- Curbside retail, including but not limited to: Bookstores, jewelry stores, toy stores, clothing stores, shoe stores, home and furnishing stores, sporting goods stores, antique stores, music stores, florists. Note: this will be phased in, starting first with curbside pickup and delivery only until further notice.
- Supply chains supporting the above businesses, in manufacturing and logistics sectors
Can open later in Stage 2:
- Destination retail, including shopping malls and swap meets.
- Personal services, limited to: car washes, pet grooming, tanning facilities, and landscape gardening.
- Office-based businesses (telework remains strongly encouraged)
- Dine-in restaurants (other facility amenities, like bars or gaming areas, are not permitted)
- Schools and childcare facilities
- Outdoor museums and open gallery spaces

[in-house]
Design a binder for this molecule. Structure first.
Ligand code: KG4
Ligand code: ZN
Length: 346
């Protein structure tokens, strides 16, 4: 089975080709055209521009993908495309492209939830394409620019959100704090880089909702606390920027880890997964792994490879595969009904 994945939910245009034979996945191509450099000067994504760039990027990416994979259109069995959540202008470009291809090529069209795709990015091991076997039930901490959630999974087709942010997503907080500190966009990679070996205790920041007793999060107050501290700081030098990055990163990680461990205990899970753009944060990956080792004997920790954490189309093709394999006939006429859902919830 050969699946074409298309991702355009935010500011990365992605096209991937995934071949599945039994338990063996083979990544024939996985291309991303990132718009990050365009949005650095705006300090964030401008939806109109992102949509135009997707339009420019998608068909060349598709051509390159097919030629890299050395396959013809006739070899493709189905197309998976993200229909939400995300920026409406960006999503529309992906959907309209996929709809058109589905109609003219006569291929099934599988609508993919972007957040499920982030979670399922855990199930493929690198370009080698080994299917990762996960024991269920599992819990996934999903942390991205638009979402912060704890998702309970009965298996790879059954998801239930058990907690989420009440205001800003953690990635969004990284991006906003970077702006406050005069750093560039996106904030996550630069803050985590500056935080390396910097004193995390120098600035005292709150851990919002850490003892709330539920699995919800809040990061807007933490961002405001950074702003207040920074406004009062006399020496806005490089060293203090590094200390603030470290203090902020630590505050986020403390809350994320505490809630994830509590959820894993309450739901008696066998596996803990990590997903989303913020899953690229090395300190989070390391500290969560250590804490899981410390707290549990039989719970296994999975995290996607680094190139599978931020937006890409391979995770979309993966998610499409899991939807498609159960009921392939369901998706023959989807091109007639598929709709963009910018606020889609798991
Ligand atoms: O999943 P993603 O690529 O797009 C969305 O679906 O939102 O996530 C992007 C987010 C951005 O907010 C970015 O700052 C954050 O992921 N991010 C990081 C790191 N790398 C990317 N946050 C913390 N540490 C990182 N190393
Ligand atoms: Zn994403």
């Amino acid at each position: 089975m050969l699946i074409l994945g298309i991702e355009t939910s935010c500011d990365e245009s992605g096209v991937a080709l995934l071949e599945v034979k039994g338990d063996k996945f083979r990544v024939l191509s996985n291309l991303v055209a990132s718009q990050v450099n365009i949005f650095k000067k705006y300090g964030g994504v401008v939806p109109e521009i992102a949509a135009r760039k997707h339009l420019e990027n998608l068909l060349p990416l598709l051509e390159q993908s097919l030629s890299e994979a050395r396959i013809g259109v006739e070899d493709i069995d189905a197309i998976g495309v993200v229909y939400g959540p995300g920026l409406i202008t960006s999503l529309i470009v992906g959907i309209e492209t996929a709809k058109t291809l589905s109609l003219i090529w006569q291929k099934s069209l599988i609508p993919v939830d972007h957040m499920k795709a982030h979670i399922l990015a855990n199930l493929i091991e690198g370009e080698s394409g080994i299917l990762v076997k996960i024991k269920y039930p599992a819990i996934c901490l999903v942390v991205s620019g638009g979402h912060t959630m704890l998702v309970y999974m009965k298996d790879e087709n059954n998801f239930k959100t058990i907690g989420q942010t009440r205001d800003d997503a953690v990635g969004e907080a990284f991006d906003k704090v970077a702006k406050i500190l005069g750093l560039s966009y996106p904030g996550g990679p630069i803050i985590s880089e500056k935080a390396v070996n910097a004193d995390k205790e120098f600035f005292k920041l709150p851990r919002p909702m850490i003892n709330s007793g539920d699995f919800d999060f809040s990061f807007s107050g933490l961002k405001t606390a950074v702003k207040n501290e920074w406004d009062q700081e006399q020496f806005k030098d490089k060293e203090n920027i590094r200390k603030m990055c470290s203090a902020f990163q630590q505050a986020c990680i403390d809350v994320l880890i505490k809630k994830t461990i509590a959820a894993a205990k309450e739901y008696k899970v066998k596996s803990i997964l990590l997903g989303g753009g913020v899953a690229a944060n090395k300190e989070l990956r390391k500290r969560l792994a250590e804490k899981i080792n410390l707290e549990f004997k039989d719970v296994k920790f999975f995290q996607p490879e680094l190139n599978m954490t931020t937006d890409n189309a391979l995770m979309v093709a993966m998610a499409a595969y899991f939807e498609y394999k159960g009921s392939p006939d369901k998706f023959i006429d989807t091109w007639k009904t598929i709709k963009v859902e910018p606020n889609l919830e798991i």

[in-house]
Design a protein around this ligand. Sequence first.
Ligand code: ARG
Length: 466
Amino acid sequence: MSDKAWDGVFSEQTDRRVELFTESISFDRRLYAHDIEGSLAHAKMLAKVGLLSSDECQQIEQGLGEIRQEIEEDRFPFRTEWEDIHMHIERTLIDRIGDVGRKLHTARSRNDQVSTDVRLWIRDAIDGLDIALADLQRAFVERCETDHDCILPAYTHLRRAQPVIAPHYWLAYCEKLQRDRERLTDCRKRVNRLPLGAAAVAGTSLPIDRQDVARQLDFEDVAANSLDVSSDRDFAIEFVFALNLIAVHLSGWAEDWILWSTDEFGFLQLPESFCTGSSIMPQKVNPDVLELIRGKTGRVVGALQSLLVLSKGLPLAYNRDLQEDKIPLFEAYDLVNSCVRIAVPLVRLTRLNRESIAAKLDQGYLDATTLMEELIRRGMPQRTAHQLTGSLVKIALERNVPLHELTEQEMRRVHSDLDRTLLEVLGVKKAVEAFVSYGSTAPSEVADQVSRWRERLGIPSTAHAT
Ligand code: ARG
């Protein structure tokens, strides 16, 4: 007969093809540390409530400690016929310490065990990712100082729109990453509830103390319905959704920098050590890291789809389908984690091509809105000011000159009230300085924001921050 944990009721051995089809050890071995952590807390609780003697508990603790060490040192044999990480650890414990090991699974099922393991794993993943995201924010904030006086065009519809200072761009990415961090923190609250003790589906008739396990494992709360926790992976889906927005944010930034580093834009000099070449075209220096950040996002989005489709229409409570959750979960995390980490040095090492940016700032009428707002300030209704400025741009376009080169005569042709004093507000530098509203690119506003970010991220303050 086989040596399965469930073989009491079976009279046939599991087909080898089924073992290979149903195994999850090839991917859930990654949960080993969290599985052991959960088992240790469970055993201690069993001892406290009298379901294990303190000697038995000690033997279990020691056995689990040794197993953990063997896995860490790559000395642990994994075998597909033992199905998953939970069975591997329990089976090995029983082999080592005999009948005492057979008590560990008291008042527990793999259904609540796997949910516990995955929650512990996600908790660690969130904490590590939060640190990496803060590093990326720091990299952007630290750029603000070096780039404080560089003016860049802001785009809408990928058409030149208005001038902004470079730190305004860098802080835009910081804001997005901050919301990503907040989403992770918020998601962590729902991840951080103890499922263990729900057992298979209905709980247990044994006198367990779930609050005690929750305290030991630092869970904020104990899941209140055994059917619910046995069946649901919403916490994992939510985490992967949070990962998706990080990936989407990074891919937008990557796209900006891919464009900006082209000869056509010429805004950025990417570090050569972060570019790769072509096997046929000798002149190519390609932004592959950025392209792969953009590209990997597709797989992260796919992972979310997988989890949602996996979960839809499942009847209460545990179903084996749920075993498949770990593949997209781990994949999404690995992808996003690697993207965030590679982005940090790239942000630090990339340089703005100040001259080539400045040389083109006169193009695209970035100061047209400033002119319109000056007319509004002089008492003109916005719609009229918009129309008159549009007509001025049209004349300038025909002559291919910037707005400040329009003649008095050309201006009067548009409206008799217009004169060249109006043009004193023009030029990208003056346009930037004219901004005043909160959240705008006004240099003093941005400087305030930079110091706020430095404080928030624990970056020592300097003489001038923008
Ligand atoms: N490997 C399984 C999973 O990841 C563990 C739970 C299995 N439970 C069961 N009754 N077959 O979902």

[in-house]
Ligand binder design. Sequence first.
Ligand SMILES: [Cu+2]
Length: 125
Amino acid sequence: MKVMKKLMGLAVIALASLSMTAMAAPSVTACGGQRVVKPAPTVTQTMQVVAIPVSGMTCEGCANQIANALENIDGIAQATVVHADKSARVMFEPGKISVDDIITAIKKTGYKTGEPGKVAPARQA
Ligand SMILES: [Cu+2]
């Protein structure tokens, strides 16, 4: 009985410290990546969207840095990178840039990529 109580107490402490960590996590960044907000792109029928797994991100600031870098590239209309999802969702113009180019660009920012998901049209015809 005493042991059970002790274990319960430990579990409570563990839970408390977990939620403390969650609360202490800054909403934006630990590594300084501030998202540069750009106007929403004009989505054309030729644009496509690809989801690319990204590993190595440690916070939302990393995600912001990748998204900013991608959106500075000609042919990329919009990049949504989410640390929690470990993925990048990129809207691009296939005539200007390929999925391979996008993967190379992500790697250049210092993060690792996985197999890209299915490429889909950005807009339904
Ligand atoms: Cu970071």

Industry Guidance to Reduce the Risk & Checklist by Industry
- Construction Guidance - Checklist
- Delivery Services Guidance - Checklist
- Energy Guidance - Checklist
- Logistics/Warehousing Guidance - Checklist
- Office Workspaces Guidance - Checklist
- Ports Guidance - Checklist
- Real Estate Guidance - Checklist
- Dine-In Restaurant Guidance - Restaurant Checklist
- Retail Guidance - Checklist
- Reopening Protocol for Car Dealerships: Appendix D
- Reopening Protocol for Golf Courses: Appendix B
- Reopening Protocol for for Use of Public Trails: Appendix C
- Reopening Protocol - Beaches
- Reopening Protocol - Bike Parks
- Reopening Protocol - Community Gardens
- Reopening Protocol - Trails
- Reopening Protocol - Warehousing, Manufacturing and Logistic
If you don't see your industry in the above list, click to visit the CA.GOV Roadmap website.
NOT IN STAGE 1 OR 2: HIGHER-RISK WORKPLACES (not opening at this time)
- Personal services such as nail salons, tattoo parlors, gyms and fitness studios
- Hospitality services, such as bars and lounges
- Entertainment venues, such as movie theaters, gaming facilities, and pro sports
- Indoor museums, kids museums and gallery spaces, zoos, and libraries
- Community centers, including public pools, playgrounds, and picnic areas
- Religious services and cultural ceremonies
- Concert venues
- Theme parks